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This chapter recovers the performances of Saint Domingue’s refugees who fled the slave uprisings and acted out their relationship to Haiti on professional American stages. The Haitian Revolution’s refugees also appeared as stage characters in original plays such as John Murdock’s 1795 The Triumphs of Love, which reimagined refugees as refined but unfortunate figures, integrating them into American culture by differentiating them from comic but rebellious slaves.
This chapter traces the socio-economic dimensions of rights development in the Haitian Revolution (1791–1804). The author argues that, in the context of this revolution, which began with a revolt against slavery but became an anti-colonial struggle for independence, the conceptual separation of civil and political rights, on the one hand, and socio-economic rights, on the other, makes little sense. The story of the birth of the world’s first black republic reveals the co-dependency of socio-economic rights and citizenship rights in a struggle for liberation and dignity. The intertwined nature of citizenship and socio-economic justice is examined across several documents, including the 1801 Constitution of Saint-Domingue and the 1805 Imperial Constitution of Haiti, as well as other texts written by the revolutionaries themselves. The chapter suggests that, rather than date the advent of socio-economic rights to the twentieth century, historians should look for the socio-economic stakes of prior struggles over civil and political rights and the ways in which certain protagonists in those struggles tried to suppress them.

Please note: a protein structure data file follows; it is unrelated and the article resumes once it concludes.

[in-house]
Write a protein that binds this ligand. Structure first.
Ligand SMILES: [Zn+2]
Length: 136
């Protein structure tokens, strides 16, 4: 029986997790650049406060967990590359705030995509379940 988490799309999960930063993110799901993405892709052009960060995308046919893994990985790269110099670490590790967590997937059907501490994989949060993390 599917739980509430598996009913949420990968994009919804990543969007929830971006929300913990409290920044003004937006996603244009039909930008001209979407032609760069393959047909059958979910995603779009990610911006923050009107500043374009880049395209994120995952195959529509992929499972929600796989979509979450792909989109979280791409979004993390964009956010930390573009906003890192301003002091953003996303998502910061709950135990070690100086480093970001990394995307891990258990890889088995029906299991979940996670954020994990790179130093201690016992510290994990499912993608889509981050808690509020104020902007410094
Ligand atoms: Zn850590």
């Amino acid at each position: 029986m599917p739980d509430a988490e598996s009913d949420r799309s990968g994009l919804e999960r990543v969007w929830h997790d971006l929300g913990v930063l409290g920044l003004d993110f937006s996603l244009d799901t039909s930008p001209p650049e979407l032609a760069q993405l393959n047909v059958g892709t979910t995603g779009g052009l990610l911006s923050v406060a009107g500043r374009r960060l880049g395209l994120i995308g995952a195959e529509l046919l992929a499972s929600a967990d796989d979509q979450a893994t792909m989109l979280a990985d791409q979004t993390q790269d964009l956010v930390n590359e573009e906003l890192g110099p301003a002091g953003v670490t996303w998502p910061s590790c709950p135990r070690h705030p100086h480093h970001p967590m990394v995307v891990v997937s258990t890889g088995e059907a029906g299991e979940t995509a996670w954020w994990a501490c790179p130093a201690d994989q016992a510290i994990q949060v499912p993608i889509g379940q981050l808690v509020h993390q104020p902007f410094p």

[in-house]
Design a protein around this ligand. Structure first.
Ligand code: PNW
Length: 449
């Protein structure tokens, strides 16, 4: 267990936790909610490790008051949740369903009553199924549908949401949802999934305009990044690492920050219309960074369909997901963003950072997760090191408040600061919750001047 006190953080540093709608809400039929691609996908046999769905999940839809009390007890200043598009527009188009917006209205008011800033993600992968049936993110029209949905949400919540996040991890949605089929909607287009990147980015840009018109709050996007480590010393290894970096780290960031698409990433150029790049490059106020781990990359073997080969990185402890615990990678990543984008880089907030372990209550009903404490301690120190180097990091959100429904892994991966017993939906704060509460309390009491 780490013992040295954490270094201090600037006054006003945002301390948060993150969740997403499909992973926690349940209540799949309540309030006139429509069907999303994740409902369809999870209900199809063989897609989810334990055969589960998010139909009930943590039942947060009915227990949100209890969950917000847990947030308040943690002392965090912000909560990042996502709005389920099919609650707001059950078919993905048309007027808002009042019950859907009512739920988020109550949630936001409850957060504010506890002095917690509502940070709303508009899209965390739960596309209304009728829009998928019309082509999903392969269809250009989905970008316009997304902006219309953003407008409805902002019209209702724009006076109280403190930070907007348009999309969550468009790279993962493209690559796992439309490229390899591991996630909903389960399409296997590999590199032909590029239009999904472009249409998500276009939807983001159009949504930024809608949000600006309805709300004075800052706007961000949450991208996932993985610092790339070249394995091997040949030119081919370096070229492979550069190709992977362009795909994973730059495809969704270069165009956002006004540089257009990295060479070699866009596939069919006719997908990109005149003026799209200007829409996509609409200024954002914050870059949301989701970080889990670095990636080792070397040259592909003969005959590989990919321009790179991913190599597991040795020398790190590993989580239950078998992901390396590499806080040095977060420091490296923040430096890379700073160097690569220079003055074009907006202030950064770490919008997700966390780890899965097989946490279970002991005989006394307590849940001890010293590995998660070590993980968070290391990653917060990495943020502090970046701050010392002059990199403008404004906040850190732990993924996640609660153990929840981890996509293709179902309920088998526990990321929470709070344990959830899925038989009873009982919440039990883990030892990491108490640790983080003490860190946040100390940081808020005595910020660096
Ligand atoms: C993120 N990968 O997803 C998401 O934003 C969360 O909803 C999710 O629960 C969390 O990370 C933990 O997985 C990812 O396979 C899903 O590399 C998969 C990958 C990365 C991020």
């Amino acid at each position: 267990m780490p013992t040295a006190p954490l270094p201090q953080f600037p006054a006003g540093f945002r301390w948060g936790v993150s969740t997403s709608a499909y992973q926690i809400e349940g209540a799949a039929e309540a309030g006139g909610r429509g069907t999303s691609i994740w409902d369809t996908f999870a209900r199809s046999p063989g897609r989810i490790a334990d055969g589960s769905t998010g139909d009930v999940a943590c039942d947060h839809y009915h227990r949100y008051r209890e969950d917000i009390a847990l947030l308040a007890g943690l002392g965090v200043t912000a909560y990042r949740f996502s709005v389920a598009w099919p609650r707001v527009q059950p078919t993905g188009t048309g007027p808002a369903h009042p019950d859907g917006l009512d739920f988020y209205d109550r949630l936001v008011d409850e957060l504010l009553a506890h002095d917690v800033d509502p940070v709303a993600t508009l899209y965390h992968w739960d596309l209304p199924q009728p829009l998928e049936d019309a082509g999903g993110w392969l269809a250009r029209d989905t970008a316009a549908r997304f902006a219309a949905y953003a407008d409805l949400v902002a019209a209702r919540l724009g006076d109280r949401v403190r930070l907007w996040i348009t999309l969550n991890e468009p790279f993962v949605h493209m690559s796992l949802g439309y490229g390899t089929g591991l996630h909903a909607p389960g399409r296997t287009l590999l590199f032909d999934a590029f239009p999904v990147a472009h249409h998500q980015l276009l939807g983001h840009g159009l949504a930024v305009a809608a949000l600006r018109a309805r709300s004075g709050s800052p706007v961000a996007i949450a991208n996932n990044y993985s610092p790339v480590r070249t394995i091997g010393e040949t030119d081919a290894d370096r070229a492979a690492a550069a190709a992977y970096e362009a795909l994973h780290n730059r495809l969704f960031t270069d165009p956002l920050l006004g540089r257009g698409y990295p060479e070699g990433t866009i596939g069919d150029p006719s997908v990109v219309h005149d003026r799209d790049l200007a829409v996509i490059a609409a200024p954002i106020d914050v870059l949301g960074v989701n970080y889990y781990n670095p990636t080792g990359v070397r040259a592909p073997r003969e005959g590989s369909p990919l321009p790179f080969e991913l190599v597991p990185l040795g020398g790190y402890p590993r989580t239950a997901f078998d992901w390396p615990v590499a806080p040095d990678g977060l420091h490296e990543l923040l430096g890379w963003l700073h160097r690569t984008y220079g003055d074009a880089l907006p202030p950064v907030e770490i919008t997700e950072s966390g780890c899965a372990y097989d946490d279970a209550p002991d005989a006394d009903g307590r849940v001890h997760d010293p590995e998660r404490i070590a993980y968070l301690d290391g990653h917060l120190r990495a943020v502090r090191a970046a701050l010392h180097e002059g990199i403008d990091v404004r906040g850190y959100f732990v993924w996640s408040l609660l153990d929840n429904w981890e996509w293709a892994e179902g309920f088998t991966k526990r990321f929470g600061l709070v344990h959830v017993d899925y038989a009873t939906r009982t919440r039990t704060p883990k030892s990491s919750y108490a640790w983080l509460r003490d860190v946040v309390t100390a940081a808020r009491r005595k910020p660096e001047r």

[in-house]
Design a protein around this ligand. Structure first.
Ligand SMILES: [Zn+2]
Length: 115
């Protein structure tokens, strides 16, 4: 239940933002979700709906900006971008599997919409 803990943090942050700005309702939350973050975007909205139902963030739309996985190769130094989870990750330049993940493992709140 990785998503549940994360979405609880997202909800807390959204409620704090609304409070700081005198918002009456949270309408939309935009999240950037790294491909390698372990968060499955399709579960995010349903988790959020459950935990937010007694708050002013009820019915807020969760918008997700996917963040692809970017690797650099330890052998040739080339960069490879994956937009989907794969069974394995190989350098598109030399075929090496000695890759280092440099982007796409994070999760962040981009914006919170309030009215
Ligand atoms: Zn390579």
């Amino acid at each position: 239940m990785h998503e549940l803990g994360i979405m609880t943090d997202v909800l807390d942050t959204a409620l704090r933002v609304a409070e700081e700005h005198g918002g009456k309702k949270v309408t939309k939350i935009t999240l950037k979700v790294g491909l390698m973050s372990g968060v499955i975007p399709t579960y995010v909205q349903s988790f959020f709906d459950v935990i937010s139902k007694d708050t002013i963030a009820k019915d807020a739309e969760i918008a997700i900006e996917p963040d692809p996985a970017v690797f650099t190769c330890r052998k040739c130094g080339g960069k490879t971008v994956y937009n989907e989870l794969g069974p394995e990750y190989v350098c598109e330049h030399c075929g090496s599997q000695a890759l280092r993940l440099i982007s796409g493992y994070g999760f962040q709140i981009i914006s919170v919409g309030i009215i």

This essay explores the legacy and afterlife of François Macandal, a man who escaped enslavement on an eighteenth-century plantation in the French colony of Saint-Domingue. His fame as a poisoner and immortal rebel persist over time and space, reflecting transcaribbean associations of fetish making with spiritual and physical resistance on the plantation. Stories of Macandal and the fetish objects he crafted, also called macandals, continued to circulate in nineteenth-century Louisiana as one of many narratives of slave uprising and Revolution in the Americas. One example of the reach of Macandal’s story is the 1892 novel, Le Macandal: Épisode de l’Insurrection des Noirs à St. Domingue, published in New Orleans, Louisiana, by Marie-Joséphine Augustin. This work is part of a larger archive of how Macandal and his macandals shaped the literary realm. His story moves across genres arguing that Macandal is simultaneously the man, the fetish object, and the story in its many forms.
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